Corruption in United States

Corruption Definition

An act done with an intent to give some advantage inconsistent with official duty (according to the definition of Corruption offered by the The Cyclopedic Law Dictionary)and the rights of others. It includes bribery, but is more comprehensive, because an act may be corruptly done, though the advantage to be derived from it be not offered by another. Something against law; as a contract by which the borrower agreed to pay the lender usurious interest. It is said, in such case, that it was corruptly agreed, etc. Read more about the definitions of Corruption in the legal Dictionaries here.

State Anticorruption Law

by Thomas Brom (2012)

Montana upholds a state anticorruption law despite a likely reversal by the U.S. Supreme Court next term.

In December 2011, Second Circuit Judge Guido Calabresi opened his concurring opinion upholding limits on local campaign contributions in New York City by citing the New Testament. Luke 21:1-4 recounts Jesus’s parable of the rich giving gifts to the temple treasury, while a poor widow puts in two small copper coins – all she has to live on. “Truly I tell you,” Jesus says, “this poor widow has put in more than all the others.”

Judge Calabresi gleaned from the parable his own perspective on campaign finance laws, bound as they are by the U.S. Supreme Court’s opinion in Citizens United v. Fed. Election Comm’n (130 S. Ct. 876 (2010)). “All is not well with this law,” he warned. “The wider the economic disparities in a democratic society, the more difficult it becomes to convey, with financial donations, the intensity of one’s political beliefs. People who care a little will, if they are rich, still give a lot. People who care a lot must, if they are poor, give only a little. Jesus’s comment about the rich donors and the poor widow says it all.” (Ognibene v. Parkes, 671 F.3d 174,199 (2d Cir. 2012).)

More than a year of immense spending on political candidates and super PACs appears to be having some effect on the appellate courts. Two significant cases may soon be argued before the U.S. Supreme Court; the appellants in both are represented by James Bopp Jr., principal in the James Bopp Law Firm of Terre Haute, Indiana.

Bopp, founder of the James Madison Center for Free Speech, is best known for representing Citizens United, the group that produced and distributed the political attack film Hillary: The Movie during the 2008 presidential campaign. Since then Bopp has filed dozens of lawsuits challenging any limits on campaign contributions or expenditures. In recent months he filed a writ of certiorari in Ognibene, challenging New York’s attempt to prevent “pay-to-play” contributions to candidates for municipal office. And he won a stay in a case testing the constitutionality of Montana’s Corrupt Practices Act (W. Tradition P’ship v. Attorney Gen., 363 Mont. 220 (2011), stay granted pending certiorari as Amer. Tradition P’ship v. Bullock, 2012 WL 521107). Both cases have the potential to exploit widespread public dissatisfaction with the Court’s majority opinion in Citizens United.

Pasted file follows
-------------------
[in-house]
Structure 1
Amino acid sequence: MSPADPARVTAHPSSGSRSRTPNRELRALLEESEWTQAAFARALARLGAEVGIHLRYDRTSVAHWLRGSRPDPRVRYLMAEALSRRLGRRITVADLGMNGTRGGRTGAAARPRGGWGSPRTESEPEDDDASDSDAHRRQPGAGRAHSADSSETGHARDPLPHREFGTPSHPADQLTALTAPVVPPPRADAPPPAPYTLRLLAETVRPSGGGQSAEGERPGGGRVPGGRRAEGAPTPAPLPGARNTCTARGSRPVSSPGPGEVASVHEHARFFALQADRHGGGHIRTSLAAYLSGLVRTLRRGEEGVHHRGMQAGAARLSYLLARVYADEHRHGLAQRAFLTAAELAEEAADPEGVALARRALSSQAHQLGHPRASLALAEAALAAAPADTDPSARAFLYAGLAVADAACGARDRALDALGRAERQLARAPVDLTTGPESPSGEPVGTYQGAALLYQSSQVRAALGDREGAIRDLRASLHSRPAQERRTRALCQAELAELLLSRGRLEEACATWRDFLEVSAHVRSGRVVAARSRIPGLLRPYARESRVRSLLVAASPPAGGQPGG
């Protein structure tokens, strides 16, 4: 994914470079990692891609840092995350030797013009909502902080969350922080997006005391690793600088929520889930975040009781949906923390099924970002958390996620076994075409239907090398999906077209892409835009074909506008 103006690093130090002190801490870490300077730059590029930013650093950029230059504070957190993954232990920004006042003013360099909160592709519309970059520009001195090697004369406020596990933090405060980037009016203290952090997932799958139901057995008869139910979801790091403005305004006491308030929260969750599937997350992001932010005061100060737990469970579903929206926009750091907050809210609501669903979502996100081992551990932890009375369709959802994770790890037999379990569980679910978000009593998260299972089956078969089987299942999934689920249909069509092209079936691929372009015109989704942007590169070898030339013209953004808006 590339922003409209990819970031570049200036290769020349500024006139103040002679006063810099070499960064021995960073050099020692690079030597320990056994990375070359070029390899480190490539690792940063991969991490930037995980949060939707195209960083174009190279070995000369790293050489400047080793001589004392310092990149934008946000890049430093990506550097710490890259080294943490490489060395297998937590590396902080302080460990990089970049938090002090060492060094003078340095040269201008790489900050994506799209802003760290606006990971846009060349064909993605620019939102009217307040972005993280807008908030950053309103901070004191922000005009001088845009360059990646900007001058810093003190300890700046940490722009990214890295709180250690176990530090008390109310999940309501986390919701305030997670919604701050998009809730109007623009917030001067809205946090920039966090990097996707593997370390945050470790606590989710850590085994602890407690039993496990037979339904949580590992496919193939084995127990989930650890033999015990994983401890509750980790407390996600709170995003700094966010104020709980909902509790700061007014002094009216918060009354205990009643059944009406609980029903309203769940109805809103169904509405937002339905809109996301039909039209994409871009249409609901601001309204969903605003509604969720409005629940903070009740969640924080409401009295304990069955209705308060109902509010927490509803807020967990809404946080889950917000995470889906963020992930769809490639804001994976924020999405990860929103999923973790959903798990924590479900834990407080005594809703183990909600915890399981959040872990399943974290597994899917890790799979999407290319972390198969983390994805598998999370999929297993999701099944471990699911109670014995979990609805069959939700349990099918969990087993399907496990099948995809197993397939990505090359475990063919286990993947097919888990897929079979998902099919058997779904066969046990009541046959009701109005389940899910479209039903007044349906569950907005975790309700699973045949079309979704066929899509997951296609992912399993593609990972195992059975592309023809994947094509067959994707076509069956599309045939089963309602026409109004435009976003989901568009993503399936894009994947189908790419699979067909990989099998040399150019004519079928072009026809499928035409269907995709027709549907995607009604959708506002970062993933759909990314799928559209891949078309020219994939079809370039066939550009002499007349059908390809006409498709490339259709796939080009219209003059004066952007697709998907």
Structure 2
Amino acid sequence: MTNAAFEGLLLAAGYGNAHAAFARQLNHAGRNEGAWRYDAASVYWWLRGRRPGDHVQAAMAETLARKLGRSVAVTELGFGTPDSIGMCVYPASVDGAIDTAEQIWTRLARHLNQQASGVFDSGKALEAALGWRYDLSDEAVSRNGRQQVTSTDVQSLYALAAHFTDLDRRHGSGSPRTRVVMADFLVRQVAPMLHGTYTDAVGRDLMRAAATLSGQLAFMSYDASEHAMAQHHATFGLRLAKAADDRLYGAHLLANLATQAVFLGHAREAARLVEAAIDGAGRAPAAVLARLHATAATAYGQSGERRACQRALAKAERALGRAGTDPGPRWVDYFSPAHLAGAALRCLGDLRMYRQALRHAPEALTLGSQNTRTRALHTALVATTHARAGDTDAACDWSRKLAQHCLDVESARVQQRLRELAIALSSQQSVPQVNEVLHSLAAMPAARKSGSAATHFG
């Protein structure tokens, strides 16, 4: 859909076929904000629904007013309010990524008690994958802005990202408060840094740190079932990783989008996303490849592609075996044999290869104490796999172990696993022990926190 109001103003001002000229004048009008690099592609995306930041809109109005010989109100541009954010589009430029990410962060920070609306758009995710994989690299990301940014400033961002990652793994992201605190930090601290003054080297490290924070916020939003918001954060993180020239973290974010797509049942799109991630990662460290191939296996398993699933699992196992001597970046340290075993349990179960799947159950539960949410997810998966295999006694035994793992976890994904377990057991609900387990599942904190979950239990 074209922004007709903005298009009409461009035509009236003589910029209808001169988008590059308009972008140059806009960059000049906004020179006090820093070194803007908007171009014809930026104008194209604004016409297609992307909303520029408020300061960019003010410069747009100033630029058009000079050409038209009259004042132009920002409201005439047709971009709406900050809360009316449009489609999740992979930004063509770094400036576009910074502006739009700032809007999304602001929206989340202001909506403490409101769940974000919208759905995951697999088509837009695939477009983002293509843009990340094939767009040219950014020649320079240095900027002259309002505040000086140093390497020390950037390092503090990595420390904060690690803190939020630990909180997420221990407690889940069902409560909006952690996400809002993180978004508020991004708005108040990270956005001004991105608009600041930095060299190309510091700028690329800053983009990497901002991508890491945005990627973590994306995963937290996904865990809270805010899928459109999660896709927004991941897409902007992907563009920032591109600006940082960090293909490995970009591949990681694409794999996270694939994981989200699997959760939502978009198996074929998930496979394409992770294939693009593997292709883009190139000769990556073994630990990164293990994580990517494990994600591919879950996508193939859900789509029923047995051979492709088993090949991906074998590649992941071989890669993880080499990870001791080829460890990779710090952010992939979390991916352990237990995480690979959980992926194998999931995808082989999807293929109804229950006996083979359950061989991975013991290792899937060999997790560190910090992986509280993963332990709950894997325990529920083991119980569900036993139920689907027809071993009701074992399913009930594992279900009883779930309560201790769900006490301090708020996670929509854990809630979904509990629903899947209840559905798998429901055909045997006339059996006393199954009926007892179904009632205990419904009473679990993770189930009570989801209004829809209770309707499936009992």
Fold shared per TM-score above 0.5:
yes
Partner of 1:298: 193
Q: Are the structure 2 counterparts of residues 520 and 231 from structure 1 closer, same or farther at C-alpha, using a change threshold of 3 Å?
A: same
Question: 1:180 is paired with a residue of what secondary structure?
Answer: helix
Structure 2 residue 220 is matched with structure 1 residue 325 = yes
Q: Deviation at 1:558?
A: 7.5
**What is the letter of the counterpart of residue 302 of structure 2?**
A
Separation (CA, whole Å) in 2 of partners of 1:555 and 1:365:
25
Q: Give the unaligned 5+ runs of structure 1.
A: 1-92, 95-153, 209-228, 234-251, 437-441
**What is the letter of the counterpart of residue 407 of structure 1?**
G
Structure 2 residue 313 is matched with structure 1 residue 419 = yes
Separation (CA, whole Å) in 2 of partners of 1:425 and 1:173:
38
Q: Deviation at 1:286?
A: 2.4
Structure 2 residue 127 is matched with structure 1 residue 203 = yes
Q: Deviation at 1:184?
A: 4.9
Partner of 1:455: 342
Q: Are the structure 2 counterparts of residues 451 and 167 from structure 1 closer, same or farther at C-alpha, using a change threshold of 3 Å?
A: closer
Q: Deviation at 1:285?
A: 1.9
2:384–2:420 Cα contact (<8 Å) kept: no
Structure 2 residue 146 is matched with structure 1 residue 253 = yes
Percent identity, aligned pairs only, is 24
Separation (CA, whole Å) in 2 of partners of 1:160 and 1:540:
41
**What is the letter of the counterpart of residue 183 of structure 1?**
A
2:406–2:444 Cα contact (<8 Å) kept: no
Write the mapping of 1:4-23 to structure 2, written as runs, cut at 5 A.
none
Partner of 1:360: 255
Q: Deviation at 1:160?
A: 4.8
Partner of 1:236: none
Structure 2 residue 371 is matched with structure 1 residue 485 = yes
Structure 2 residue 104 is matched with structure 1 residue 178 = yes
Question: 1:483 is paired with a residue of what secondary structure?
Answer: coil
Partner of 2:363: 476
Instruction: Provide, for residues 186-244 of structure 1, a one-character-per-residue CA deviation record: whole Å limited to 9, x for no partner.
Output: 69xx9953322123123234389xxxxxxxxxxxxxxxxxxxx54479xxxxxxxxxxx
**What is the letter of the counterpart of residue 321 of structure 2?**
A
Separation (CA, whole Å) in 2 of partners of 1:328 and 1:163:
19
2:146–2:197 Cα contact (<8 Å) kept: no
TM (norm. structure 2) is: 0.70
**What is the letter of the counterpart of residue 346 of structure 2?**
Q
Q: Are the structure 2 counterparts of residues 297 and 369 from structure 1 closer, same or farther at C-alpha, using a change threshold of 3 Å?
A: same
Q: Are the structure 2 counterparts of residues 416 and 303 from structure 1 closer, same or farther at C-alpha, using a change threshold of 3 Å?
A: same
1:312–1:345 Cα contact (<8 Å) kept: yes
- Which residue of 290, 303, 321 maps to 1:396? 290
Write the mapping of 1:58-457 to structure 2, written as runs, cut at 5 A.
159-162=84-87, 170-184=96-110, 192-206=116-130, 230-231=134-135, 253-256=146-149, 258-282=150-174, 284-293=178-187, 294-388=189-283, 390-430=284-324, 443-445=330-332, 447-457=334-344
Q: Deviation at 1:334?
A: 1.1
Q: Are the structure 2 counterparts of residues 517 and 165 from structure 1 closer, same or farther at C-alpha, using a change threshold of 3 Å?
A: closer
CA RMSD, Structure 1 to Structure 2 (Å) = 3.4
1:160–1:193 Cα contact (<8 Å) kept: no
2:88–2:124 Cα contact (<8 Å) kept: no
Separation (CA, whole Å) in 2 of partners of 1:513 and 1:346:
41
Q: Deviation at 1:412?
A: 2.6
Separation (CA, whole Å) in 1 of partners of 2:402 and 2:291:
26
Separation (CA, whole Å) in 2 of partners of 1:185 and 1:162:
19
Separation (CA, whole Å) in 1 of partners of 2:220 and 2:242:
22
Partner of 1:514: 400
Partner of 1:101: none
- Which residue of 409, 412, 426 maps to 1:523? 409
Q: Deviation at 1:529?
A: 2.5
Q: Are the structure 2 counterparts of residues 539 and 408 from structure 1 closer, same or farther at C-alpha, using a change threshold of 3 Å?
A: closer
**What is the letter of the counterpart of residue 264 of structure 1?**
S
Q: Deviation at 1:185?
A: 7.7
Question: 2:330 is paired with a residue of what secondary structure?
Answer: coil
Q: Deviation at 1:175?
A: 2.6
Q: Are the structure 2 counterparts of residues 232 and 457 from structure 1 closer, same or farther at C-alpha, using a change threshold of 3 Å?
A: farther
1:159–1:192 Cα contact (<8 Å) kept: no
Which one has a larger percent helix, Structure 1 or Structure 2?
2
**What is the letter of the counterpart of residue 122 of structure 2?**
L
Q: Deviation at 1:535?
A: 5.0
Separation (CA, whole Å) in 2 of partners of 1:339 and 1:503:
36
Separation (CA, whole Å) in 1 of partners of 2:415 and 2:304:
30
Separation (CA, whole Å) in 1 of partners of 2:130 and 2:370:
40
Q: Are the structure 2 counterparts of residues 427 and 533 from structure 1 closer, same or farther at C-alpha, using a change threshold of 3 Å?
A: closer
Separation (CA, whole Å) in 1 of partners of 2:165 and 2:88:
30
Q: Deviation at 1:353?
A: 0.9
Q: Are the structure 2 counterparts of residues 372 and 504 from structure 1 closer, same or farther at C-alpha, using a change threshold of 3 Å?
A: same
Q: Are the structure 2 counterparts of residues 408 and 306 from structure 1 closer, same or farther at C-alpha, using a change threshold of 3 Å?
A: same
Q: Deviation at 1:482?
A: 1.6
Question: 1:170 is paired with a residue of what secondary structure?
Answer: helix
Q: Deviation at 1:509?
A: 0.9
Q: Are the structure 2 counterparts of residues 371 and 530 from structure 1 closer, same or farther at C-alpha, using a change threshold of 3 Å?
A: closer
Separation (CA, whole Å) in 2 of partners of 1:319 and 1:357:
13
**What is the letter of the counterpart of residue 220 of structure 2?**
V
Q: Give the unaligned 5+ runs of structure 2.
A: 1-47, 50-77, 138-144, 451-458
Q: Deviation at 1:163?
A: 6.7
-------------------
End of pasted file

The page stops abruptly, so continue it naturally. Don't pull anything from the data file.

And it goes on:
In February 2012, Bopp asked Justice Anthony M. Kennedy to immediately stay a ruling by the Montana Supreme Court that found constitutional a century-old law prohibiting corporations from using their own money to oppose or support candidates in state elections. The 5-2 majority of the justices had parsed language in Citizens United to permit a finding that “restrictions upon speech are not per se unlawful, but rather may be upheld if the government demonstrates a sufficiently strong interest.” The majority located that interest in examples of well-financed corruption during the early decades of Montana statehood, dominated by Anaconda Copper Mining Company, and reversed a trial court ruling that struck down the law.

Bopp was so certain the Montana justices had contravened Kennedy’s assertion in Citizens United that independent corporate expenditures did not “give rise to corruption or the appearance of corruption” that he urged the U.S. Supreme Court to reverse American Tradition without briefing or oral argument.

Within weeks the Court granted a stay, but not without a pointed statement by Justice Ruth Bader Ginsburg, which was joined by Justice Stephen Breyer. “Montana’s experience, and experience elsewhere since this Court’s decision in Citizens United,” wrote Ginsburg, “make it exceedingly difficult to maintain that independent expenditures by corporations ‘do not give rise to corruption or the appearance of corruption.’ ” The comment indicates a possible line of questioning at oral argument.

However, the state court dissent in American Tradition – which was longer than the majority opinion – undercuts expectations that the Roberts Court might change course. “Respectfully, I cannot agree that this ‘Montana is unique’ rationale is consistent with Citizens United,” wrote Justice James C. Nelson. “[T]he notion … that these characteristics entitle Montana to a special ‘no peeing’ zone in the First Amendment swimming pool – is simply untenable under Citizens United. … [A] summary reversal on the merits,” he concluded, “would not surprise me in the least.”

But Nelson also made it clear he did not agree with Citizens United. “It is utter nonsense to think that ordinary citizens or candidates can spend enough to place their experience, wisdom, and views before the voters and keep pace with the virtually unlimited spending capability of corporations to place corporate views before the electorate,” he wrote. “In spending ability, bigger really is better; and with campaign advertising and attack ads, quantity counts. In the end, candidates and the public will become mere bystanders in elections.”

“To my knowledge,” he continued, “the First Amendment has never been interpreted to be absolute and gloriously isolated from other fundamental rights and values protected by the Constitution. … Indeed, I am shocked that the Supreme Court did not balance the right to speech with the government’s compelling interest in preserving the fundamental right to vote in elections.”